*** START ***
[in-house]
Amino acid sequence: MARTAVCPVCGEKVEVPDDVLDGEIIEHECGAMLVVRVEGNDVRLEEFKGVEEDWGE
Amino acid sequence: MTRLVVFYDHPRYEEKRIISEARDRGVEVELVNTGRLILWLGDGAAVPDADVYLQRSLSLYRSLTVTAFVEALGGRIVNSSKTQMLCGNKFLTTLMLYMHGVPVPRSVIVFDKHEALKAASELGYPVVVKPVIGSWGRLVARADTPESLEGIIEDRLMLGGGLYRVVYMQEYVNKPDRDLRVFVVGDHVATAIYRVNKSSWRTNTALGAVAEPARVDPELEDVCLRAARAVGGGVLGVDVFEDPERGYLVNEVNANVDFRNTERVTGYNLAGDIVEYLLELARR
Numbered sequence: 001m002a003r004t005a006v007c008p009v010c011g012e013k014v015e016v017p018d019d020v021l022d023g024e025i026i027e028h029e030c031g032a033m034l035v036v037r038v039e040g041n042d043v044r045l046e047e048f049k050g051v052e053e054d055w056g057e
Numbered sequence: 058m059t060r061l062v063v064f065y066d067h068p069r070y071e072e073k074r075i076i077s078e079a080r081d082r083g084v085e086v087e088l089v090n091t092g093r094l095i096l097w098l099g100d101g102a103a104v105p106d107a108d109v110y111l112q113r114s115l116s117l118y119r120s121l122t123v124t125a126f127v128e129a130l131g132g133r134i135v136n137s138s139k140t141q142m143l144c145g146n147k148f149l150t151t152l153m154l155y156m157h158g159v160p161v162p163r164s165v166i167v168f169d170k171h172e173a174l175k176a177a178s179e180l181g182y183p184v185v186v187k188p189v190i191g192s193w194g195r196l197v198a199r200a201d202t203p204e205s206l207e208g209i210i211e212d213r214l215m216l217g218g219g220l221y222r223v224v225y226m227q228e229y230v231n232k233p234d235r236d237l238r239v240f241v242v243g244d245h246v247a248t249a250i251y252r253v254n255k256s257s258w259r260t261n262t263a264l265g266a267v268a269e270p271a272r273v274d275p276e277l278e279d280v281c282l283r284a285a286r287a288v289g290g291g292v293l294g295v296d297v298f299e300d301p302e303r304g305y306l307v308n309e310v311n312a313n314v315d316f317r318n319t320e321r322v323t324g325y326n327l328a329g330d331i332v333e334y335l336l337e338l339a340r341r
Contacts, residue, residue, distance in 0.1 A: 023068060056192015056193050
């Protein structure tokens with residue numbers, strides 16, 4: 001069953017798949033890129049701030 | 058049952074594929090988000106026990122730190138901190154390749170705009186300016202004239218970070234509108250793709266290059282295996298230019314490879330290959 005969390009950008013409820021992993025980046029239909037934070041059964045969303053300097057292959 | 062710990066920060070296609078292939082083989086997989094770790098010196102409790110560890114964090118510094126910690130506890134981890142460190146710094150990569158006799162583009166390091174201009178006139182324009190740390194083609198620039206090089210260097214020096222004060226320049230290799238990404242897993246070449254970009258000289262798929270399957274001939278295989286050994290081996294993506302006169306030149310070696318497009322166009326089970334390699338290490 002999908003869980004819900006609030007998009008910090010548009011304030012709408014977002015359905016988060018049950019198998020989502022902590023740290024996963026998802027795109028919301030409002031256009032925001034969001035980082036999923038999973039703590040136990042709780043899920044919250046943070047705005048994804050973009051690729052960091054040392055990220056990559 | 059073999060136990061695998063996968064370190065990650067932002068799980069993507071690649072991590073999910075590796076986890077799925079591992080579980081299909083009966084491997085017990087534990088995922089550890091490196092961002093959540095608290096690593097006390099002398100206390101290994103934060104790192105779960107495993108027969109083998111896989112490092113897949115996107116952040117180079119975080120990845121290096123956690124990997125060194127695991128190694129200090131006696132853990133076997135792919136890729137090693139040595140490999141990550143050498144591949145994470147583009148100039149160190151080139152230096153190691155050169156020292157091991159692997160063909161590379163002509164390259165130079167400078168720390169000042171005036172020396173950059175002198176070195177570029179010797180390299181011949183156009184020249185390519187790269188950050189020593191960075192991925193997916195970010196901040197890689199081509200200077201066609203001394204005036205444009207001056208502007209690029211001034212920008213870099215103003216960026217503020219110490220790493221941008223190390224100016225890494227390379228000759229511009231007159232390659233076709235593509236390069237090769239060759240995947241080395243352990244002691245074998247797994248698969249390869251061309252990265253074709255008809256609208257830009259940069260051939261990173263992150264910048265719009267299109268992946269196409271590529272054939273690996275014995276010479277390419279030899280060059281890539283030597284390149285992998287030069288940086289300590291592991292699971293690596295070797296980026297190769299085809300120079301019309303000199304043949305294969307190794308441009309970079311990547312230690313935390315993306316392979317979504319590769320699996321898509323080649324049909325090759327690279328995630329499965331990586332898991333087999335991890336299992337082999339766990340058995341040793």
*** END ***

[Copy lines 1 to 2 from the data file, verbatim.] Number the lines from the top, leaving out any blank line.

[in-house]
Amino acid sequence: MARTAVCPVCGEKVEVPDDVLDGEIIEHECGAMLVVRVEGNDVRLEEFKGVEEDWGE